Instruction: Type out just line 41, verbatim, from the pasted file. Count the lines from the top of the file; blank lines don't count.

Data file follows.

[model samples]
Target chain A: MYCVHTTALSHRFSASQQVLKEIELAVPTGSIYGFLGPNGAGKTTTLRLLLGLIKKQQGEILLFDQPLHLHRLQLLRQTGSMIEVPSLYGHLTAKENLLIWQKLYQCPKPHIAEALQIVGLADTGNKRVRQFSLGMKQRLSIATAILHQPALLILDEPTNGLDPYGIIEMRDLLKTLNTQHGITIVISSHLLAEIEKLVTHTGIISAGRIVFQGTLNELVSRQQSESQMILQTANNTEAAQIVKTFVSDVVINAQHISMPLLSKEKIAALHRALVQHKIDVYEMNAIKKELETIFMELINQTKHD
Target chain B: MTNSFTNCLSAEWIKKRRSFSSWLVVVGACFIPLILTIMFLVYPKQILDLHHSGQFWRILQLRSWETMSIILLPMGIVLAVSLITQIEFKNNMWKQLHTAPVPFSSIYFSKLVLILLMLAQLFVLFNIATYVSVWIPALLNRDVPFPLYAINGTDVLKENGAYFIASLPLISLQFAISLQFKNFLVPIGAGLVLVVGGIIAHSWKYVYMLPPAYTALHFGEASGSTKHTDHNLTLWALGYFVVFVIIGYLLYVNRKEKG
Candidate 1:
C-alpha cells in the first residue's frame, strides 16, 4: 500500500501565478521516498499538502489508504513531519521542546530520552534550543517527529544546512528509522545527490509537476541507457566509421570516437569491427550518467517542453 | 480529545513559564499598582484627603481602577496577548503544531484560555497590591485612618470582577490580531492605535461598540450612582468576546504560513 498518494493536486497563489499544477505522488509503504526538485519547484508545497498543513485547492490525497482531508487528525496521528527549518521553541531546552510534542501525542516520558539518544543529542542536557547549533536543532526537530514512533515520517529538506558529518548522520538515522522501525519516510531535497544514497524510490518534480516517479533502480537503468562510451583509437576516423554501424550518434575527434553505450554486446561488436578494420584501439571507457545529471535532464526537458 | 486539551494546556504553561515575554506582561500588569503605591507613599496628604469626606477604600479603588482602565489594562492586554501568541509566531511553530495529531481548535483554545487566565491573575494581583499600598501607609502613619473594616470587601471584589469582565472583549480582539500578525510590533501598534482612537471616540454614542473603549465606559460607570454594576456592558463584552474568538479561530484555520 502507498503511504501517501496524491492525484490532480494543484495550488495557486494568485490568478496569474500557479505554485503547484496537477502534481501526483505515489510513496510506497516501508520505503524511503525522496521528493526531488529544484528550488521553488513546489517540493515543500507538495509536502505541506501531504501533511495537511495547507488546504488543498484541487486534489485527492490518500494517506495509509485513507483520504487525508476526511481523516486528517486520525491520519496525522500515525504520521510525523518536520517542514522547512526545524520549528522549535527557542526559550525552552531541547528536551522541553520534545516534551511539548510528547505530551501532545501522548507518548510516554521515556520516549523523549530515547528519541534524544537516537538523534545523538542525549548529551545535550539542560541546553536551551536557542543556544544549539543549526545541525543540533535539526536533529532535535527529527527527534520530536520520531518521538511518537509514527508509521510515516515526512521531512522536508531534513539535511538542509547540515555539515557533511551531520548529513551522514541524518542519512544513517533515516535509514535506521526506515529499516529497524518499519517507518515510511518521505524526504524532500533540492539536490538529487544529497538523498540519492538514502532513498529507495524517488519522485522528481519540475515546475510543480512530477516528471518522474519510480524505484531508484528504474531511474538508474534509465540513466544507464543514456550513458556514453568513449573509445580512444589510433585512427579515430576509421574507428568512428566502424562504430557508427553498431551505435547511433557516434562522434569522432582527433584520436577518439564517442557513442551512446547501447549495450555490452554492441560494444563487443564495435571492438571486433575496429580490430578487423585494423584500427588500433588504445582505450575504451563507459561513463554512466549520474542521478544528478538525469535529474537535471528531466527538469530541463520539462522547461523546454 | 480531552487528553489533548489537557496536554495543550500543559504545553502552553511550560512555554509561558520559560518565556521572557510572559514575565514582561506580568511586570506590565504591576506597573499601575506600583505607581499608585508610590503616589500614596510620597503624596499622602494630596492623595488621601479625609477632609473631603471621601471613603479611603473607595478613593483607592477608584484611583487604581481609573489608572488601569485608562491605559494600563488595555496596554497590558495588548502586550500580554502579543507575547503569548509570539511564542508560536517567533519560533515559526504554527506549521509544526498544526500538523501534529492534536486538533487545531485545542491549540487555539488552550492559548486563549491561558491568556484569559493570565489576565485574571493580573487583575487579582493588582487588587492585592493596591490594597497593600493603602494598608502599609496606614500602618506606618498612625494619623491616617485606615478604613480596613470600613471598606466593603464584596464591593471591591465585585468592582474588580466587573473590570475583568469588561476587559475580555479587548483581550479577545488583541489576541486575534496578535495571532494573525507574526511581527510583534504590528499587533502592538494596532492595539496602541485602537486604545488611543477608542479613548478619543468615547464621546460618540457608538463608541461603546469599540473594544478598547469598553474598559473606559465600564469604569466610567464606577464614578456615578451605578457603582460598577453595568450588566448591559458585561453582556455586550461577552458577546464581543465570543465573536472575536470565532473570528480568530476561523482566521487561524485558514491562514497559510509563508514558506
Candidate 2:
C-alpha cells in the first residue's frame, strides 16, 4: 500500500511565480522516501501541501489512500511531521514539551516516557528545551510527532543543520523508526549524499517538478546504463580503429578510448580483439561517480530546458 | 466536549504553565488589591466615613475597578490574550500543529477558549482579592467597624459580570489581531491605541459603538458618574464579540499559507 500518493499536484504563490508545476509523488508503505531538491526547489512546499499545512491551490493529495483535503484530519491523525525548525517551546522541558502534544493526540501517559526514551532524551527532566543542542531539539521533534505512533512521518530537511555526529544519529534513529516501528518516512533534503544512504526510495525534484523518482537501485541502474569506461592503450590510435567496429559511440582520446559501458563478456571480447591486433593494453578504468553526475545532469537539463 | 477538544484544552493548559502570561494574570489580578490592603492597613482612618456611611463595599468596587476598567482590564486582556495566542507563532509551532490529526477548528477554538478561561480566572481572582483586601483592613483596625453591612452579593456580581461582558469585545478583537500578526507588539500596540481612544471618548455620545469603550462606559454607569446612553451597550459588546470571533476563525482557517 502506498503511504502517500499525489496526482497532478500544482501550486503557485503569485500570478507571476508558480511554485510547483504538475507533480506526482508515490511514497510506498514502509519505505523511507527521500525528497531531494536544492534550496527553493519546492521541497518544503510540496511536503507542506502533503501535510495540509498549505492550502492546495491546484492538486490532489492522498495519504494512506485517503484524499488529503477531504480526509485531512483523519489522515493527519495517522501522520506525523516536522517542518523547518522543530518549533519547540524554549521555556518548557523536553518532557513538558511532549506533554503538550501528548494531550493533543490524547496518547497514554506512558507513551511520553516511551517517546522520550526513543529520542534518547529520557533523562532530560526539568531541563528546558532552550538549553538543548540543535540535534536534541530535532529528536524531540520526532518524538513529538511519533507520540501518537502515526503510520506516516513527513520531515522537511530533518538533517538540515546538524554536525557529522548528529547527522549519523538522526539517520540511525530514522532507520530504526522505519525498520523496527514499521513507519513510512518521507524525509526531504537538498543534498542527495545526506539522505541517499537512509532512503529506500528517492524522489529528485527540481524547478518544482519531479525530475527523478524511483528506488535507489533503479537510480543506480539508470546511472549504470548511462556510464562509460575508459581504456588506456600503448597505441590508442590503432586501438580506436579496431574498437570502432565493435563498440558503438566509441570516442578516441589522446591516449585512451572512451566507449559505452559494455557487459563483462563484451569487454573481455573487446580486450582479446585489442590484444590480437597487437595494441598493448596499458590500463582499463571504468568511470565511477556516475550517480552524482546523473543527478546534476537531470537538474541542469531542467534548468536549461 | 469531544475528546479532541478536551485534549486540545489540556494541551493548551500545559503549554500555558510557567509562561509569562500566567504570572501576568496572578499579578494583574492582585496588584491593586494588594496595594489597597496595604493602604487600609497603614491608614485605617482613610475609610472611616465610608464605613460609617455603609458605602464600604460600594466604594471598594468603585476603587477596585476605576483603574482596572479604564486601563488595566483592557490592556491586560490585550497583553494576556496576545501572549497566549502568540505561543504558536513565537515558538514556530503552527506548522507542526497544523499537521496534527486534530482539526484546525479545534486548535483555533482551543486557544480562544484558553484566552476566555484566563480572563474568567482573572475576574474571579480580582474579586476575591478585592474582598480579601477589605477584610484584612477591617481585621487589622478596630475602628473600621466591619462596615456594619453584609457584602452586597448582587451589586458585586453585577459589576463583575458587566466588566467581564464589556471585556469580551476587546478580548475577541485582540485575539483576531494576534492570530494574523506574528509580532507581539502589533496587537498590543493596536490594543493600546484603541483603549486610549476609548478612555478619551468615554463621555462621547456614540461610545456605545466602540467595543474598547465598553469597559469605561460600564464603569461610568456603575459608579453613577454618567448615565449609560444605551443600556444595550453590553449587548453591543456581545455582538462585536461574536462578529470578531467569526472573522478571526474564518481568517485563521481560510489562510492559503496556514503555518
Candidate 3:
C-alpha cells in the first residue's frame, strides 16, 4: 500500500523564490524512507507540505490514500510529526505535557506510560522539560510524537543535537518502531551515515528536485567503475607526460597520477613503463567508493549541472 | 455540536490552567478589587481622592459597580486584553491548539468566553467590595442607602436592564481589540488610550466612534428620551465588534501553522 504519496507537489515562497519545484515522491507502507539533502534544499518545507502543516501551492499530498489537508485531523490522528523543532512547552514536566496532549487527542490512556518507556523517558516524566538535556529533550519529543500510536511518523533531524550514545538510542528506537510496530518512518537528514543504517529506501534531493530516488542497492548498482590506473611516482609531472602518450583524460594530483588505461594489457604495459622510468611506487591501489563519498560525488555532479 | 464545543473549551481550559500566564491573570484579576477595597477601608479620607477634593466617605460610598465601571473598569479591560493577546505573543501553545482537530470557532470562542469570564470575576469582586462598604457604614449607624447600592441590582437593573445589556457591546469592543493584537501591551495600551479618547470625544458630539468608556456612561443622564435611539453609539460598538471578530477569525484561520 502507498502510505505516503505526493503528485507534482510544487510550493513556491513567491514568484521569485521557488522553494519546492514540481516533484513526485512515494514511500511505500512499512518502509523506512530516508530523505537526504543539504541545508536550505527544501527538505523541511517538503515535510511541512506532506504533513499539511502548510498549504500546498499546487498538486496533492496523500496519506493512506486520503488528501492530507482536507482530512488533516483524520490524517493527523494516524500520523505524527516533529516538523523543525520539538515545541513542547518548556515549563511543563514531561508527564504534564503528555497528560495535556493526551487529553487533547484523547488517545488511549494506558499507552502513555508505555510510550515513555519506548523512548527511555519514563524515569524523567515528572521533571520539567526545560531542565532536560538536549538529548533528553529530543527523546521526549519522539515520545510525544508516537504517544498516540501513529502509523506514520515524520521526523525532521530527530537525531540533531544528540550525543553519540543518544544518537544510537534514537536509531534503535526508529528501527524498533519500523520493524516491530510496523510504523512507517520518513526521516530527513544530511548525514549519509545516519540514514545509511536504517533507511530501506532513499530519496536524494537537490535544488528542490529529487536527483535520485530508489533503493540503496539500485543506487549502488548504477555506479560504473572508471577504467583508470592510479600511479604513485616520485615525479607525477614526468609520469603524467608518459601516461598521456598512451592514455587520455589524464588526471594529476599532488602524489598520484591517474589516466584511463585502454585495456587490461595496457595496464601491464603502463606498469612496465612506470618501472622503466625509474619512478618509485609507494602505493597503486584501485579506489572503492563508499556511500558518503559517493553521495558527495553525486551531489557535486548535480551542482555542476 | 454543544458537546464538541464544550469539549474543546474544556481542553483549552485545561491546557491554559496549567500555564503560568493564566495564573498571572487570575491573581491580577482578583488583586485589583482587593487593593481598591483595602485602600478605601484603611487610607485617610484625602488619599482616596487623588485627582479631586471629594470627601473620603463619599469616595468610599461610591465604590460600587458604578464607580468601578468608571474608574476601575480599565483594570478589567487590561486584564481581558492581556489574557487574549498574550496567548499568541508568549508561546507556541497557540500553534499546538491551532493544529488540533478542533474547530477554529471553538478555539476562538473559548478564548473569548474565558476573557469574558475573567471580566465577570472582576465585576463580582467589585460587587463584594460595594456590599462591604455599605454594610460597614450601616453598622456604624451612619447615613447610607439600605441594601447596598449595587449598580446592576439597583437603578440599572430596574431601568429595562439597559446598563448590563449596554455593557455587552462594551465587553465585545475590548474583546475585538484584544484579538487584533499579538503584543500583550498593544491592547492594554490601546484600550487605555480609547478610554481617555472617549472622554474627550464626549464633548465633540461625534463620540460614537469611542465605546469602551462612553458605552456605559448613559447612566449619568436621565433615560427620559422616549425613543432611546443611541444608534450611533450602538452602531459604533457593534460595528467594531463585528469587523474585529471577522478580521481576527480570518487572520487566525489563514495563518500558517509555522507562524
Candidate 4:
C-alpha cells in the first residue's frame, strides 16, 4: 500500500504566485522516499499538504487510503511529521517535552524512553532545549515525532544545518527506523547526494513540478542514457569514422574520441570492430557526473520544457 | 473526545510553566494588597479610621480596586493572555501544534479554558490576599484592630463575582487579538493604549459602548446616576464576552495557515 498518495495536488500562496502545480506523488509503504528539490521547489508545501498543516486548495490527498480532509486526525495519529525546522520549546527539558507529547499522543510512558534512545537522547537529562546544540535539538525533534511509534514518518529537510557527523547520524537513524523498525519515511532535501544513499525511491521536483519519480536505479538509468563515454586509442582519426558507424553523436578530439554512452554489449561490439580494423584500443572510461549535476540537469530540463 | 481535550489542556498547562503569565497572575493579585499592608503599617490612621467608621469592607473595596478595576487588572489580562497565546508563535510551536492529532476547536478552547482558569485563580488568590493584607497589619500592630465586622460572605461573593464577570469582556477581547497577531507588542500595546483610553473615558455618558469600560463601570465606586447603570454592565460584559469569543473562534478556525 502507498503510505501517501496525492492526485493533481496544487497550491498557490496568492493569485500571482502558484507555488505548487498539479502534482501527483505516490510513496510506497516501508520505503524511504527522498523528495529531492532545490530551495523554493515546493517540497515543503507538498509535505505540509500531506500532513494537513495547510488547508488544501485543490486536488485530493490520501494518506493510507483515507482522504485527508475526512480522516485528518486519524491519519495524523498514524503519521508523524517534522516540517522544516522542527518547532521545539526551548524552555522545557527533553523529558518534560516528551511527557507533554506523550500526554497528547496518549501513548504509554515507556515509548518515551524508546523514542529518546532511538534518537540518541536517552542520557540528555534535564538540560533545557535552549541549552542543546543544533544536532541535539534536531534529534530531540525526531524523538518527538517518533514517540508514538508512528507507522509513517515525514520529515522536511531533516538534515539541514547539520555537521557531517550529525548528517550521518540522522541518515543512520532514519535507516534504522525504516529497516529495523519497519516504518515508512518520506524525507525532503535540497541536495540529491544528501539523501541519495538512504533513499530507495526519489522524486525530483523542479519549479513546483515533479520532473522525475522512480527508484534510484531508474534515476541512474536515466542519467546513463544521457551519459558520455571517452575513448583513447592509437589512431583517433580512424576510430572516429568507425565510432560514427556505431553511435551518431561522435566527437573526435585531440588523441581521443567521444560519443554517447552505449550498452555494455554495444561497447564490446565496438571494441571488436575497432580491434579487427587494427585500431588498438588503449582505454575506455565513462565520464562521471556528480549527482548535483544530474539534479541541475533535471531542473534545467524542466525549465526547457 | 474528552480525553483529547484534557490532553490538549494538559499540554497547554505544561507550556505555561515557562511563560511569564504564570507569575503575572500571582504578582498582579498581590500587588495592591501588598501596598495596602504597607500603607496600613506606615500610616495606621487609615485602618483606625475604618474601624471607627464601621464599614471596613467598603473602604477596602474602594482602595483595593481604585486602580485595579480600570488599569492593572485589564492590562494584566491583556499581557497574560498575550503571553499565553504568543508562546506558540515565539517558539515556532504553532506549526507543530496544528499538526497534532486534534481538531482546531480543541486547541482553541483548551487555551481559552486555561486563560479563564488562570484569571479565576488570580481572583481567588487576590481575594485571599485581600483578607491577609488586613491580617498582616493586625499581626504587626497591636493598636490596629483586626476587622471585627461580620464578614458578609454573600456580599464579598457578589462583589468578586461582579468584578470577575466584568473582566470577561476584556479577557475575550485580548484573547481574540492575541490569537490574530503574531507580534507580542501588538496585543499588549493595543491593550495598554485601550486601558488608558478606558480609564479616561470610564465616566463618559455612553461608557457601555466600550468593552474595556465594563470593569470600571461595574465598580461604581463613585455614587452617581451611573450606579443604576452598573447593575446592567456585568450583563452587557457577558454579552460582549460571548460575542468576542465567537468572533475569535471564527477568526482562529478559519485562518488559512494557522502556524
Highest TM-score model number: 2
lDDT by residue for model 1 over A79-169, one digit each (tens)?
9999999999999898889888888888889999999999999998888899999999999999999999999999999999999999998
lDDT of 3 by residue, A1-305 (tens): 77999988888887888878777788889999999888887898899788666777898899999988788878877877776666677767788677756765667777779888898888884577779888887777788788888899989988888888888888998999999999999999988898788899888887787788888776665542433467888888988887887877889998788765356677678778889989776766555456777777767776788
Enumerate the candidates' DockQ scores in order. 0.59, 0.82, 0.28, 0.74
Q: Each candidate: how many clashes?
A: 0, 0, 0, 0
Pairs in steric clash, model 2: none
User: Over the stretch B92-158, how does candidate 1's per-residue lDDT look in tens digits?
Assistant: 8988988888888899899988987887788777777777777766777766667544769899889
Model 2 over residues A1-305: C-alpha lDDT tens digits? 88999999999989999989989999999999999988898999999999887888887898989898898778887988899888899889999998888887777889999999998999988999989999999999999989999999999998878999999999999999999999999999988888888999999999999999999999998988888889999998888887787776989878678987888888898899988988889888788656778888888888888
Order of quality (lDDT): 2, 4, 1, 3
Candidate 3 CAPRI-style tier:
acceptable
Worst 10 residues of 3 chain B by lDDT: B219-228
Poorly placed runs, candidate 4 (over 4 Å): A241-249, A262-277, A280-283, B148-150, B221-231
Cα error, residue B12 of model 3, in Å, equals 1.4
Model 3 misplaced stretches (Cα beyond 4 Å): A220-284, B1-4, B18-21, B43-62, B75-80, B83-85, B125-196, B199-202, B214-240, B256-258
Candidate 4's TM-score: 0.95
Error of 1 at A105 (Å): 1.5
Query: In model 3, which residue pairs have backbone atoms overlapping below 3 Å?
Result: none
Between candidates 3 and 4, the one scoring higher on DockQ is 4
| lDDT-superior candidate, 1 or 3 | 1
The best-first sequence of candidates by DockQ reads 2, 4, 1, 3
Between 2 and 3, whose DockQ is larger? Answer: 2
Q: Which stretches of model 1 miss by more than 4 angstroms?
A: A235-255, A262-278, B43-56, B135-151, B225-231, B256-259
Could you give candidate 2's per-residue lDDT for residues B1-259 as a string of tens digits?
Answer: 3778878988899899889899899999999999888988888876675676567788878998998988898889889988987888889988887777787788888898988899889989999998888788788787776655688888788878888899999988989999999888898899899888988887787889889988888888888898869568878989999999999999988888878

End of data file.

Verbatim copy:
Answer: 3778878988899899889899899999999999888988888876675676567788878998998988898889889988987888889988887777787788888898988899889989999998888788788787776655688888788878888899999988989999999888898899899888988887787889889988888888888898869568878989999999999999988888878